The United States Virgin Islands has lifted its temporary ban on horses imported via Puerto Rico.
The ban was imposed by agriculture commission Louis Petersen following confirmation of a case of the venereal disease contagious equine metritis in Puerto Rico.
“After consultation with the US Department of Agriculture, it has been determined that introduction of the disease … no longer poses a threat to the Virgin Islands horse population,” he said.
“The infected horse and the horses in contact with her have been identified, quarantined and tested in Puerto Rico and have had no contact with other horses. Therefore, there is no danger now for horses traveling to the Virgin Islands to become infected with the disease.”
Dr Bethany Bradford, the islands’ director of veterinary services, said: “Because the disease has been contained, there is no reason to expect further infection in Puerto Rico so it is safe to lift the ban on imported horses.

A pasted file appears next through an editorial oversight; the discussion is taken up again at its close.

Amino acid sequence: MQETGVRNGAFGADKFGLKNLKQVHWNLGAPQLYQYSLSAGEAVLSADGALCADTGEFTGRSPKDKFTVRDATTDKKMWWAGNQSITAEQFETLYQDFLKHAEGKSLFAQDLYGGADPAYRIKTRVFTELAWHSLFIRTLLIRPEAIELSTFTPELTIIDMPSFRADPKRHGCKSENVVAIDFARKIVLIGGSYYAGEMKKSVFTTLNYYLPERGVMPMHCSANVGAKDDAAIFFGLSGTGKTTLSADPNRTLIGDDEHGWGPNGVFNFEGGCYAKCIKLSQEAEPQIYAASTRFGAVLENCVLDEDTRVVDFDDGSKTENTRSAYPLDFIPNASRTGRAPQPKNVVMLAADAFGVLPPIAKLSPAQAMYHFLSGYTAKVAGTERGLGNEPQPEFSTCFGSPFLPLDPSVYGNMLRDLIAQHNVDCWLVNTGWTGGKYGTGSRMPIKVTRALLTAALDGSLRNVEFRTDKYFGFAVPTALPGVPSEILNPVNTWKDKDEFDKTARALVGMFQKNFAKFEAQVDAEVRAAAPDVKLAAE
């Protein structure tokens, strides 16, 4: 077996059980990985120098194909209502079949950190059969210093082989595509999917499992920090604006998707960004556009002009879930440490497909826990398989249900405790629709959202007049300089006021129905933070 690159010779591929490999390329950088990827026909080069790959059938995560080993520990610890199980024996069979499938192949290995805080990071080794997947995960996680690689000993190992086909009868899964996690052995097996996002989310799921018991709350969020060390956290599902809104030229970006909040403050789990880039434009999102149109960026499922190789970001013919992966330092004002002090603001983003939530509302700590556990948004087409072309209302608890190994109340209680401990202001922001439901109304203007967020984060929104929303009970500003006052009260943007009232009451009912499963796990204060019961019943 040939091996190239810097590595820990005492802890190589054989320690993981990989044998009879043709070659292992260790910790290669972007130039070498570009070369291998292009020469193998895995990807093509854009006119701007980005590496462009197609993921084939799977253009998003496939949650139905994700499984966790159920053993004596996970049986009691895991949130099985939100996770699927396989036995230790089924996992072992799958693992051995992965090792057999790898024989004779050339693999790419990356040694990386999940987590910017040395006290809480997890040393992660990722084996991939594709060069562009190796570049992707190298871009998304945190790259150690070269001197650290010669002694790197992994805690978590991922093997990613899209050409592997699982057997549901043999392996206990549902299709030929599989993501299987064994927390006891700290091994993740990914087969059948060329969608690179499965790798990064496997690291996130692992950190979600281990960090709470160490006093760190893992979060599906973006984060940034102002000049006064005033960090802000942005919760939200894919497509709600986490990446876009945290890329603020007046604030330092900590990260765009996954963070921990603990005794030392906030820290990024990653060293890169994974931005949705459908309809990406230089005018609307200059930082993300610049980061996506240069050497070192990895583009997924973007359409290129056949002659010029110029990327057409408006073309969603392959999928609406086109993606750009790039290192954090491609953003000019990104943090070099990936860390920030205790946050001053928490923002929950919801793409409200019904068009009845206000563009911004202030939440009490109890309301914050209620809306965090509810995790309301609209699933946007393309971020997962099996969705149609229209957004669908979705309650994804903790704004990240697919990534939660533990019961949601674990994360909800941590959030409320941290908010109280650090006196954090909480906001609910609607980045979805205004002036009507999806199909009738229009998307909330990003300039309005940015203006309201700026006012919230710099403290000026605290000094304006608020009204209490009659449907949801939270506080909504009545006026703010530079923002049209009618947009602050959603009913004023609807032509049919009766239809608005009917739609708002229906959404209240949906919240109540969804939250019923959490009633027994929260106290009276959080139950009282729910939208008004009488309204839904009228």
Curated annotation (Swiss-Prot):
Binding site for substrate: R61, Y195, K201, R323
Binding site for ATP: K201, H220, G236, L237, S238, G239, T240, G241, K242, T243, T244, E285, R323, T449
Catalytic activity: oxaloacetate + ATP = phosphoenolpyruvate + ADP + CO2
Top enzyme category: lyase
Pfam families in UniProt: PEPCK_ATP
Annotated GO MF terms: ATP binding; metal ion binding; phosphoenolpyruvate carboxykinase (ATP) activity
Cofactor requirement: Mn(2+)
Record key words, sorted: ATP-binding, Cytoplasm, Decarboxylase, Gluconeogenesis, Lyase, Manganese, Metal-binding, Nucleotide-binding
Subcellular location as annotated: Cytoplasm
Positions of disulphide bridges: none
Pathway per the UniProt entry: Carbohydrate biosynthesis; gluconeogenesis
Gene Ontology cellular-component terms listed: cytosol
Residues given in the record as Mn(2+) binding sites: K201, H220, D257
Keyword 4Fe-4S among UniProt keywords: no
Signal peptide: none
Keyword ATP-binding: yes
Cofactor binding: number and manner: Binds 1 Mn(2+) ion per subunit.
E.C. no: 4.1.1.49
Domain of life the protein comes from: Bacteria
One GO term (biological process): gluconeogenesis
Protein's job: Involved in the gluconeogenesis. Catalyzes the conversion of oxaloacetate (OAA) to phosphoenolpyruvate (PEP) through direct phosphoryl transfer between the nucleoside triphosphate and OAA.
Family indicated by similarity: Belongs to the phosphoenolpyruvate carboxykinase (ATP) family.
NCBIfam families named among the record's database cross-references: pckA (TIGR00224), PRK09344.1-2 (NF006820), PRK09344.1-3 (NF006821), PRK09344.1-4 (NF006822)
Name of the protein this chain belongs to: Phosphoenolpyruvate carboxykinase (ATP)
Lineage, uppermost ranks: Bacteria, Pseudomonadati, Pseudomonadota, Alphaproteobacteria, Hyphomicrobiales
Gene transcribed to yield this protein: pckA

“However, because the origin of the disease is still unknown, testing for this disease will now be required for mares and stallions coming from the United States and Puerto Rico.”
Bradford thanked horse owners for their patience. “I realize that this was inconvenient for many horse owners and for the racing industry. However, I believe most people understood the importance of protecting our horses and doing what is necessary to prevent disease outbreaks.”